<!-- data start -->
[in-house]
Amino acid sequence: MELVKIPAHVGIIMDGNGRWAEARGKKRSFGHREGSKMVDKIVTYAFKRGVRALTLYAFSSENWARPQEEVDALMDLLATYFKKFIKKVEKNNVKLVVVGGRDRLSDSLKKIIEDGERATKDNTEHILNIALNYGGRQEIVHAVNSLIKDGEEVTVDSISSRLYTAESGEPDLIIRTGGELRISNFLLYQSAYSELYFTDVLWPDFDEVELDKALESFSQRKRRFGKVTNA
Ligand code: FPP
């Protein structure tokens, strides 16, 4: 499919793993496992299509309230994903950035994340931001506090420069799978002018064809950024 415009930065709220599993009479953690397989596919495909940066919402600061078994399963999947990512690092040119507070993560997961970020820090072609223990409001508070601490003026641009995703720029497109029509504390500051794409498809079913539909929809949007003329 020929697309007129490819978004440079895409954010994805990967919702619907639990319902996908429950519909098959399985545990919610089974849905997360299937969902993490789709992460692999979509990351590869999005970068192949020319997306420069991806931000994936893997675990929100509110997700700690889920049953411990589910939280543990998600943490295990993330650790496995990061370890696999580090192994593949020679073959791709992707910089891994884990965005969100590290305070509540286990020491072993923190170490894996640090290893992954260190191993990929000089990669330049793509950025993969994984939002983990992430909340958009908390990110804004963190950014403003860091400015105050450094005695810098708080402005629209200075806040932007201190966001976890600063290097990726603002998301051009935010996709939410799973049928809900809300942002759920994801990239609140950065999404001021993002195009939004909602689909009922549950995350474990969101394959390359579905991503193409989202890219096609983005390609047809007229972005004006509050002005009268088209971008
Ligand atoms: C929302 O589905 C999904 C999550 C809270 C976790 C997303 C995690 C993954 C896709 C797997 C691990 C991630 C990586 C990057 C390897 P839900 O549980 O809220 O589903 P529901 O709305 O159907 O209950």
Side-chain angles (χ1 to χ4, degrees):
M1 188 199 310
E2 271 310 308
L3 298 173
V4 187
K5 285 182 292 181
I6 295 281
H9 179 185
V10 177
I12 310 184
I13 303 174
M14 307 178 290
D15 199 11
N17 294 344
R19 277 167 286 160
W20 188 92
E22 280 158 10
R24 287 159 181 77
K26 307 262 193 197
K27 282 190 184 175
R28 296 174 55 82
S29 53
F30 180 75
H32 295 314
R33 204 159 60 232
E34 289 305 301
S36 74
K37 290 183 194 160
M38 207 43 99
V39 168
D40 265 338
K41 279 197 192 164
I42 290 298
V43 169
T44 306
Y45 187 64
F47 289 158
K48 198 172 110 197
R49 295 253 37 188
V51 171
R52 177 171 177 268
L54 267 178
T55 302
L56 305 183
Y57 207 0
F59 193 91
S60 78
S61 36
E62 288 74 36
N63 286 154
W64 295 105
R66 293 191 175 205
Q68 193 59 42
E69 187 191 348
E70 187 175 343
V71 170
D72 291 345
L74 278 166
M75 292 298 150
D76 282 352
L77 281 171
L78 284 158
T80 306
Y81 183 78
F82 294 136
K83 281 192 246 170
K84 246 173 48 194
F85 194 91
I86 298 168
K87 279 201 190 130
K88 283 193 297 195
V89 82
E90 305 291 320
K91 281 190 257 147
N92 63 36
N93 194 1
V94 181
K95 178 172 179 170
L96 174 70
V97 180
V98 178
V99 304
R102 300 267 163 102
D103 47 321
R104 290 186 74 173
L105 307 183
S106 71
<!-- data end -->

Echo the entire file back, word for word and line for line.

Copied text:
[in-house]
Amino acid sequence: MELVKIPAHVGIIMDGNGRWAEARGKKRSFGHREGSKMVDKIVTYAFKRGVRALTLYAFSSENWARPQEEVDALMDLLATYFKKFIKKVEKNNVKLVVVGGRDRLSDSLKKIIEDGERATKDNTEHILNIALNYGGRQEIVHAVNSLIKDGEEVTVDSISSRLYTAESGEPDLIIRTGGELRISNFLLYQSAYSELYFTDVLWPDFDEVELDKALESFSQRKRRFGKVTNA
Ligand code: FPP
């Protein structure tokens, strides 16, 4: 499919793993496992299509309230994903950035994340931001506090420069799978002018064809950024 415009930065709220599993009479953690397989596919495909940066919402600061078994399963999947990512690092040119507070993560997961970020820090072609223990409001508070601490003026641009995703720029497109029509504390500051794409498809079913539909929809949007003329 020929697309007129490819978004440079895409954010994805990967919702619907639990319902996908429950519909098959399985545990919610089974849905997360299937969902993490789709992460692999979509990351590869999005970068192949020319997306420069991806931000994936893997675990929100509110997700700690889920049953411990589910939280543990998600943490295990993330650790496995990061370890696999580090192994593949020679073959791709992707910089891994884990965005969100590290305070509540286990020491072993923190170490894996640090290893992954260190191993990929000089990669330049793509950025993969994984939002983990992430909340958009908390990110804004963190950014403003860091400015105050450094005695810098708080402005629209200075806040932007201190966001976890600063290097990726603002998301051009935010996709939410799973049928809900809300942002759920994801990239609140950065999404001021993002195009939004909602689909009922549950995350474990969101394959390359579905991503193409989202890219096609983005390609047809007229972005004006509050002005009268088209971008
Ligand atoms: C929302 O589905 C999904 C999550 C809270 C976790 C997303 C995690 C993954 C896709 C797997 C691990 C991630 C990586 C990057 C390897 P839900 O549980 O809220 O589903 P529901 O709305 O159907 O209950």
Side-chain angles (χ1 to χ4, degrees):
M1 188 199 310
E2 271 310 308
L3 298 173
V4 187
K5 285 182 292 181
I6 295 281
H9 179 185
V10 177
I12 310 184
I13 303 174
M14 307 178 290
D15 199 11
N17 294 344
R19 277 167 286 160
W20 188 92
E22 280 158 10
R24 287 159 181 77
K26 307 262 193 197
K27 282 190 184 175
R28 296 174 55 82
S29 53
F30 180 75
H32 295 314
R33 204 159 60 232
E34 289 305 301
S36 74
K37 290 183 194 160
M38 207 43 99
V39 168
D40 265 338
K41 279 197 192 164
I42 290 298
V43 169
T44 306
Y45 187 64
F47 289 158
K48 198 172 110 197
R49 295 253 37 188
V51 171
R52 177 171 177 268
L54 267 178
T55 302
L56 305 183
Y57 207 0
F59 193 91
S60 78
S61 36
E62 288 74 36
N63 286 154
W64 295 105
R66 293 191 175 205
Q68 193 59 42
E69 187 191 348
E70 187 175 343
V71 170
D72 291 345
L74 278 166
M75 292 298 150
D76 282 352
L77 281 171
L78 284 158
T80 306
Y81 183 78
F82 294 136
K83 281 192 246 170
K84 246 173 48 194
F85 194 91
I86 298 168
K87 279 201 190 130
K88 283 193 297 195
V89 82
E90 305 291 320
K91 281 190 257 147
N92 63 36
N93 194 1
V94 181
K95 178 172 179 170
L96 174 70
V97 180
V98 178
V99 304
R102 300 267 163 102
D103 47 321
R104 290 186 74 173
L105 307 183
S106 71